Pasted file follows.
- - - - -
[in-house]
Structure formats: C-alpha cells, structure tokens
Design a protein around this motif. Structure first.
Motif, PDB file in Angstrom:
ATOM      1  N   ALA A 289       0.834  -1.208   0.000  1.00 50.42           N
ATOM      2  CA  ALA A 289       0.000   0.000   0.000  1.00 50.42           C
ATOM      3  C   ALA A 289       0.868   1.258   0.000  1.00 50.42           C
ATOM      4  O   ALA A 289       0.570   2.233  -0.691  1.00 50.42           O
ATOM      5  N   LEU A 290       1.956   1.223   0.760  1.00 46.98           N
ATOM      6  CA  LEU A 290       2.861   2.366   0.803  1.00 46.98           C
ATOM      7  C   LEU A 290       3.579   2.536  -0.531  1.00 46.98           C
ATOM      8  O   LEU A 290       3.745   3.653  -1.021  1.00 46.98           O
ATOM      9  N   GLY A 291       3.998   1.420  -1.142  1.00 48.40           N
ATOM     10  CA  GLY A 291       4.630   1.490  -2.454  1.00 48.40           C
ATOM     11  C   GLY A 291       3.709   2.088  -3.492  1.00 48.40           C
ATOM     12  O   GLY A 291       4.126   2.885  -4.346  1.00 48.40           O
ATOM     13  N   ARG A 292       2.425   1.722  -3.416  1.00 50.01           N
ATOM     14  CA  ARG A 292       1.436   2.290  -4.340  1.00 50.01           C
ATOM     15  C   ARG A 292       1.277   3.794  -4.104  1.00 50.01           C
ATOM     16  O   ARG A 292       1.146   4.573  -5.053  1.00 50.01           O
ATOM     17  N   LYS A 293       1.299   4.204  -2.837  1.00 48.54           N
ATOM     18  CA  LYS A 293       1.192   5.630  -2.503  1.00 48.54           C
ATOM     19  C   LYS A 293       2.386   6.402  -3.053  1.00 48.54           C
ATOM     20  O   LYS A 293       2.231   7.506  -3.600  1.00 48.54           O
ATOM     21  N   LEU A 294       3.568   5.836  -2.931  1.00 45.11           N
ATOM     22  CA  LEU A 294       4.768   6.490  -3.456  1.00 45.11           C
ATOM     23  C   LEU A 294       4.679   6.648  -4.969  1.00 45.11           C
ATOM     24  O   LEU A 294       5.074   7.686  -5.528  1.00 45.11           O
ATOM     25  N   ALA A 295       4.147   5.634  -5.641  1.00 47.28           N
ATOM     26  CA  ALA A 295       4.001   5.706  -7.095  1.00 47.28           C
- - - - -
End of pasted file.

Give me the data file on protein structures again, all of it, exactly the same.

[in-house]
Structure formats: C-alpha cells, structure tokens
Design a protein around this motif. Structure first.
Motif, PDB file in Angstrom:
ATOM      1  N   ALA A 289       0.834  -1.208   0.000  1.00 50.42           N
ATOM      2  CA  ALA A 289       0.000   0.000   0.000  1.00 50.42           C
ATOM      3  C   ALA A 289       0.868   1.258   0.000  1.00 50.42           C
ATOM      4  O   ALA A 289       0.570   2.233  -0.691  1.00 50.42           O
ATOM      5  N   LEU A 290       1.956   1.223   0.760  1.00 46.98           N
ATOM      6  CA  LEU A 290       2.861   2.366   0.803  1.00 46.98           C
ATOM      7  C   LEU A 290       3.579   2.536  -0.531  1.00 46.98           C
ATOM      8  O   LEU A 290       3.745   3.653  -1.021  1.00 46.98           O
ATOM      9  N   GLY A 291       3.998   1.420  -1.142  1.00 48.40           N
ATOM     10  CA  GLY A 291       4.630   1.490  -2.454  1.00 48.40           C
ATOM     11  C   GLY A 291       3.709   2.088  -3.492  1.00 48.40           C
ATOM     12  O   GLY A 291       4.126   2.885  -4.346  1.00 48.40           O
ATOM     13  N   ARG A 292       2.425   1.722  -3.416  1.00 50.01           N
ATOM     14  CA  ARG A 292       1.436   2.290  -4.340  1.00 50.01           C
ATOM     15  C   ARG A 292       1.277   3.794  -4.104  1.00 50.01           C
ATOM     16  O   ARG A 292       1.146   4.573  -5.053  1.00 50.01           O
ATOM     17  N   LYS A 293       1.299   4.204  -2.837  1.00 48.54           N
ATOM     18  CA  LYS A 293       1.192   5.630  -2.503  1.00 48.54           C
ATOM     19  C   LYS A 293       2.386   6.402  -3.053  1.00 48.54           C
ATOM     20  O   LYS A 293       2.231   7.506  -3.600  1.00 48.54           O
ATOM     21  N   LEU A 294       3.568   5.836  -2.931  1.00 45.11           N
ATOM     22  CA  LEU A 294       4.768   6.490  -3.456  1.00 45.11           C
ATOM     23  C   LEU A 294       4.679   6.648  -4.969  1.00 45.11           C
ATOM     24  O   LEU A 294       5.074   7.686  -5.528  1.00 45.11           O
ATOM     25  N   ALA A 295       4.147   5.634  -5.641  1.00 47.28           N
ATOM     26  CA  ALA A 295       4.001   5.706  -7.095  1.00 47.28           C